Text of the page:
Gray, H. H., Forsyth, J. L., Schneider, A. F., and Gooding, A.M., 1972, Geologic map of the 1° x 2° Cincinnati quadrangle, Indiana and Ohio, showing bedrock and unconsolidated deposits: Indiana Geological Survey Regional Geologic Map No. 7, Part A [bedrock units].

Gutstadt, A. M., 1958, Cambrian and Ordovician stratigraphy and oil and gas possibilities in Indiana: Indiana Geological Survey Bulletin 14, 103 p.

Gutstadt, A. M., 1958, Upper Ordovician stratigraphy of the eastern interior region: American Association of Petroleum Geologists Bulletin, v. 42, p. 513-547.

Hansen, W. R., 1991, Suggestions to authors of the reports of the United States Geological Survey (7th ed.): Washington, D.C., U.S. Geological Survey, 289 p.

Hay, H. B., 1981, Lithofacies and formations of the Cincinnatian Series (Upper Ordovician), southeastern Indiana and southwestern Ohio: Oxford, Ohio, Miami University, Ph.D. thesis, 238 p.

McEwan, E. D., 1920, A study of the brachiopod genus Platystrophia: U.S. National Museum Proceedings, v. 56, p. 383-448.

Nickles, J. M., 1902, The geology of Cincinnati: Cincinnati Society of Natural History Journal, v. 20, no. 2, p. 49-100.

Nicoll, R. S., and Rexroad, C. B., 1968, Stratigraphy and conodont paleontology of the Salamonie Dolomite and Lee Creek Member of the Brassfield Limestone (Silurian) in southeastern Indiana and adjacent Kentucky: Indiana Geological Survey Bulletin 40, 73 p.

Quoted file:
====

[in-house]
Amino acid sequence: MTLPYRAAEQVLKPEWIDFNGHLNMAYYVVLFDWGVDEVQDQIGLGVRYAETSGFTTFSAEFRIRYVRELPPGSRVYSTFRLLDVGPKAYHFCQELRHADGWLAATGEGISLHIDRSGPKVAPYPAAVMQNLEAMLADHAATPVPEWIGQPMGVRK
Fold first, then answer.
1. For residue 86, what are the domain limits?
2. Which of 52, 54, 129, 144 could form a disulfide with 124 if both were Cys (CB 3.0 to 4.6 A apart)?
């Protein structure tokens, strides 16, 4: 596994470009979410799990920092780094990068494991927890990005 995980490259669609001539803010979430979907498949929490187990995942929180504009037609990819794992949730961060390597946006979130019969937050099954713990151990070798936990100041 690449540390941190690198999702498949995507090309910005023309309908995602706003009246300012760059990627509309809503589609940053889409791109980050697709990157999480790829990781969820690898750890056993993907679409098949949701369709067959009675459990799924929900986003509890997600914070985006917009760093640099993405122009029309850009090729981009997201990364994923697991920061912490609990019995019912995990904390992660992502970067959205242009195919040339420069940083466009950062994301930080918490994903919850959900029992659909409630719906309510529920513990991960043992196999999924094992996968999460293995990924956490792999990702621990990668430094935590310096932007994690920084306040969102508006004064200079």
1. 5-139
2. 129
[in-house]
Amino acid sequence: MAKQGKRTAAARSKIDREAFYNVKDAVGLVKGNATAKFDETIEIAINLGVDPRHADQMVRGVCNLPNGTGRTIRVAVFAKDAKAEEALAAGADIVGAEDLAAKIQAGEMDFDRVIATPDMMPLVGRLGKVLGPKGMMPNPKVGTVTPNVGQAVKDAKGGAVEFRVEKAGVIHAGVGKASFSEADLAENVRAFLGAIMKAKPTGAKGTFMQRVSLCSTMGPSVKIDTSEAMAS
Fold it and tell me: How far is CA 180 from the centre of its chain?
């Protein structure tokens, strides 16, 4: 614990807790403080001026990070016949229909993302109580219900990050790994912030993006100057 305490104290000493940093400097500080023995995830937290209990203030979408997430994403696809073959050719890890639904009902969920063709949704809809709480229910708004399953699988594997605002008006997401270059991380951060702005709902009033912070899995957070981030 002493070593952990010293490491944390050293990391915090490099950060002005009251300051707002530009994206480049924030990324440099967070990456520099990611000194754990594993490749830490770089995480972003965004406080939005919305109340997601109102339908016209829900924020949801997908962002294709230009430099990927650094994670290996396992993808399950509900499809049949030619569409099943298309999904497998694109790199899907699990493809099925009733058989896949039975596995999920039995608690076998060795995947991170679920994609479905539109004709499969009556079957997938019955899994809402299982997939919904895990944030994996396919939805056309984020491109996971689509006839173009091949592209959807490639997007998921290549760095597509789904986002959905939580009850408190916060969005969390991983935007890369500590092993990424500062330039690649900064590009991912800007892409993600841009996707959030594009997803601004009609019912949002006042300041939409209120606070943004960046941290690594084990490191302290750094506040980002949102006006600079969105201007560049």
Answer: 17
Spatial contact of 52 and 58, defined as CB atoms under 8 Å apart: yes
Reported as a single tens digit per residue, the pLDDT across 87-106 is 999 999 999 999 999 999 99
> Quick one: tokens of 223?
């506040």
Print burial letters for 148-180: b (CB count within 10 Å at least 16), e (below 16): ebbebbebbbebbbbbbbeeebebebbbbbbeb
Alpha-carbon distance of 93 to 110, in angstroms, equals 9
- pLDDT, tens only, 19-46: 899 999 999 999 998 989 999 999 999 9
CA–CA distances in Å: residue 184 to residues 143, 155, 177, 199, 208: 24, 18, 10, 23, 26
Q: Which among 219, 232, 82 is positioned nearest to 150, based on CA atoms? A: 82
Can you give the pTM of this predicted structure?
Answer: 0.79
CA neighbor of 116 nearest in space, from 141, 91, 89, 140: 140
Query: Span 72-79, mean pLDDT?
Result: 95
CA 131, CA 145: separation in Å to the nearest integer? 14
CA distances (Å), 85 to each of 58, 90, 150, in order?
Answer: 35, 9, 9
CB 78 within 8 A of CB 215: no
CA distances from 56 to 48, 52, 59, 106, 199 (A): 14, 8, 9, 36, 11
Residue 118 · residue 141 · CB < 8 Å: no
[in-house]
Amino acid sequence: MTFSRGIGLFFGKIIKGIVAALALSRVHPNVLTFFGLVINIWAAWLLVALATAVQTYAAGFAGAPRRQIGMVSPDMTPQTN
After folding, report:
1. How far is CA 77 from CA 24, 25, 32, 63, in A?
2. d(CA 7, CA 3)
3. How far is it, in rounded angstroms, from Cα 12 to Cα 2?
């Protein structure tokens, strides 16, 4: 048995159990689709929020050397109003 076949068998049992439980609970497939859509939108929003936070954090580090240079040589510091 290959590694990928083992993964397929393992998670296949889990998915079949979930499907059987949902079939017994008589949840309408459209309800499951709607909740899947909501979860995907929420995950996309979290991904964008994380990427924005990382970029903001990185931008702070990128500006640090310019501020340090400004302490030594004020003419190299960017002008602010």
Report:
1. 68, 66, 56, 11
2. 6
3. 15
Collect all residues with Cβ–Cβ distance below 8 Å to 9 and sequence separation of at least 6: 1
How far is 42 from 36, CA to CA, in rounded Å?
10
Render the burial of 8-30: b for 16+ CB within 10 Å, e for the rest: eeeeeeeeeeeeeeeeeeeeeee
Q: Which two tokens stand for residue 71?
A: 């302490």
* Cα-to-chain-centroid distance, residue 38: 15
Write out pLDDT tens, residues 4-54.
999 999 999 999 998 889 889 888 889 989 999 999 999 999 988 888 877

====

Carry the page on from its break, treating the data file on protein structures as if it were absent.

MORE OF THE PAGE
Rexroad, C. B., 1980, Stratigraphy and conodont paleontology of the Cataract Formation and the Salamonie Dolomite (Silurian) in northeastern Indiana: Indiana Geological Survey Bulletin 58, 83 p.

Rooney, L. F., 1966, Evidence of unconformity at top of Trenton Limestone in Indiana and adjacent states: American Association of Petroleum Geologists Bulletin, v. 50, p. 533-546.

Shaver, R. H., coordinator, 1984, Midwestern basin and arches region–correlation of stratigraphic units in North America (COSUNA): American Association of Petroleum Geologists Correlation Chart Series.

Templeton, J. S., and Willman, H. B., 1963, Champlainian Series (Middle Ordovician) in Illinois: Illinois State Geological Survey Bulletin 89, 260 p.

Weiss, M. P., and Sweet, W. C., 1964, Kope Formation (Upper Ordovician)—Ohio and Kentucky: Science, v. 145, p. 1,296-1,302.

White, C. A., 1870, Report on the geological survey of the State of Iowa: Des Moines, Mills and Co., v. 1, 391 p.

Willman, H. B., and Buschbach, T. C., 1975, Ordovician System, in Willman, H. B., Atherton, Elwood, Buschbach, T. C., Collinson, Charles, Frye, J. C., Hopkins, M. E., Lineback, J. A., and Simon, J. A., Handbook of Illinois stratigraphy: Illinois State Geological Survey Bulletin 95, p. 47-87.



For additional information contact:

Nancy Hasenmueller (hasenmue@indiana.edu)
Date last revised: July 25, 2014